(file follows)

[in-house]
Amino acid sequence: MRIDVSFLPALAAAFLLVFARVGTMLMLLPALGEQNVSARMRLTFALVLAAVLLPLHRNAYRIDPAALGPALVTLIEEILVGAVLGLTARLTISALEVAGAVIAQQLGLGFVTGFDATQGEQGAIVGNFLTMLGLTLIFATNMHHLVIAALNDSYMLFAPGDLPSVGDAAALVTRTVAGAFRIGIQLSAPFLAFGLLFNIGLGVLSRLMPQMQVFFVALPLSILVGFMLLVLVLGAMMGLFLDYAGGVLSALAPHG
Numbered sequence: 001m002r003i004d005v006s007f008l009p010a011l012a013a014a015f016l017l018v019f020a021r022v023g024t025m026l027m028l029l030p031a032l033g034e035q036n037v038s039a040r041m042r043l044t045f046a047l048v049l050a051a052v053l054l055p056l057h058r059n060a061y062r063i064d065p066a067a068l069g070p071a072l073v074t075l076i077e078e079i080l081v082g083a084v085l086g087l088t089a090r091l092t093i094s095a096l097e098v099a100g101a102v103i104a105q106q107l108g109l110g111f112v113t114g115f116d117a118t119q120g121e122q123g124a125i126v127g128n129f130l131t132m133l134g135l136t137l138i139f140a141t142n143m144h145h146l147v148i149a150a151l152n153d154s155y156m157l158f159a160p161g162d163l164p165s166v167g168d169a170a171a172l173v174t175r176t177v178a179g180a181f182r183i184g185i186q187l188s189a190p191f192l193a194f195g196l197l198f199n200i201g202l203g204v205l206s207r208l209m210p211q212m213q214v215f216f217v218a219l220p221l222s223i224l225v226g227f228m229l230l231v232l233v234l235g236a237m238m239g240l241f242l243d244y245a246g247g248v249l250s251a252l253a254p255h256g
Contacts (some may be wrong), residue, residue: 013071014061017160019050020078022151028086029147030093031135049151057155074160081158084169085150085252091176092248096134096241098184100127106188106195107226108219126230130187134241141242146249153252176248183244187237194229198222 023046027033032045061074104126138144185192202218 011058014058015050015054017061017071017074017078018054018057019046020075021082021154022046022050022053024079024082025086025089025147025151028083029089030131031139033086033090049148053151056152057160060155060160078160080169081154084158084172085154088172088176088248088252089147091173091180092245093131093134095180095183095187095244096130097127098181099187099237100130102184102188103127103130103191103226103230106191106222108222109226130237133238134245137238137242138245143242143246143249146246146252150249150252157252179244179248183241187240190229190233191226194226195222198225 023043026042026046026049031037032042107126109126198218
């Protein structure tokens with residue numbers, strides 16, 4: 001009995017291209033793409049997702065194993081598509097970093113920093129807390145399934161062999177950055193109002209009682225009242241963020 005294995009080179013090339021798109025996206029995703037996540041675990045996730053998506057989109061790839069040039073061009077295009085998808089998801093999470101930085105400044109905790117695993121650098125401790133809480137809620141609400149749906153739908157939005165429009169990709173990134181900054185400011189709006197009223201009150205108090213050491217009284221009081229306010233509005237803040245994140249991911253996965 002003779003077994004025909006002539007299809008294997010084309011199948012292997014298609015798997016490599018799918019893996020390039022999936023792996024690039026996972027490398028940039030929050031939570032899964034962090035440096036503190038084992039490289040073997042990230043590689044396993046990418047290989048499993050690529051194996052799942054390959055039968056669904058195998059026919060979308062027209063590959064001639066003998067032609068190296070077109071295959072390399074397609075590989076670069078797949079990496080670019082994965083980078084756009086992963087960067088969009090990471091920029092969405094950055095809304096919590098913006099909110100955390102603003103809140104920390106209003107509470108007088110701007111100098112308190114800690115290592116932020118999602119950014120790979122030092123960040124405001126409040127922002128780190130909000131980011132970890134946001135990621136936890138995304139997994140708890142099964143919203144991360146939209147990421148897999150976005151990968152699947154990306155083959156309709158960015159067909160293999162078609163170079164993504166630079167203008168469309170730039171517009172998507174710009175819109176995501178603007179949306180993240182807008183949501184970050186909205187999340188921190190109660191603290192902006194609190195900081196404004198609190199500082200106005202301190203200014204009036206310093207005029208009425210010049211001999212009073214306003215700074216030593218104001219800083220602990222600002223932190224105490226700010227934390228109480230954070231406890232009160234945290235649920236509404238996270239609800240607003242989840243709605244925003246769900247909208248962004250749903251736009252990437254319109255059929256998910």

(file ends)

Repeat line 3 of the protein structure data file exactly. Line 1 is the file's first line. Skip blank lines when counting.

Numbered sequence: 001m002r003i004d005v006s007f008l009p010a011l012a013a014a015f016l017l018v019f020a021r022v023g024t025m026l027m028l029l030p031a032l033g034e035q036n037v038s039a040r041m042r043l044t045f046a047l048v049l050a051a052v053l054l055p056l057h058r059n060a061y062r063i064d065p066a067a068l069g070p071a072l073v074t075l076i077e078e079i080l081v082g083a084v085l086g087l088t089a090r091l092t093i094s095a096l097e098v099a100g101a102v103i104a105q106q107l108g109l110g111f112v113t114g115f116d117a118t119q120g121e122q123g124a125i126v127g128n129f130l131t132m133l134g135l136t137l138i139f140a141t142n143m144h145h146l147v148i149a150a151l152n153d154s155y156m157l158f159a160p161g162d163l164p165s166v167g168d169a170a171a172l173v174t175r176t177v178a179g180a181f182r183i184g185i186q187l188s189a190p191f192l193a194f195g196l197l198f199n200i201g202l203g204v205l206s207r208l209m210p211q212m213q214v215f216f217v218a219l220p221l222s223i224l225v226g227f228m229l230l231v232l233v234l235g236a237m238m239g240l241f242l243d244y245a246g247g248v249l250s251a252l253a254p255h256g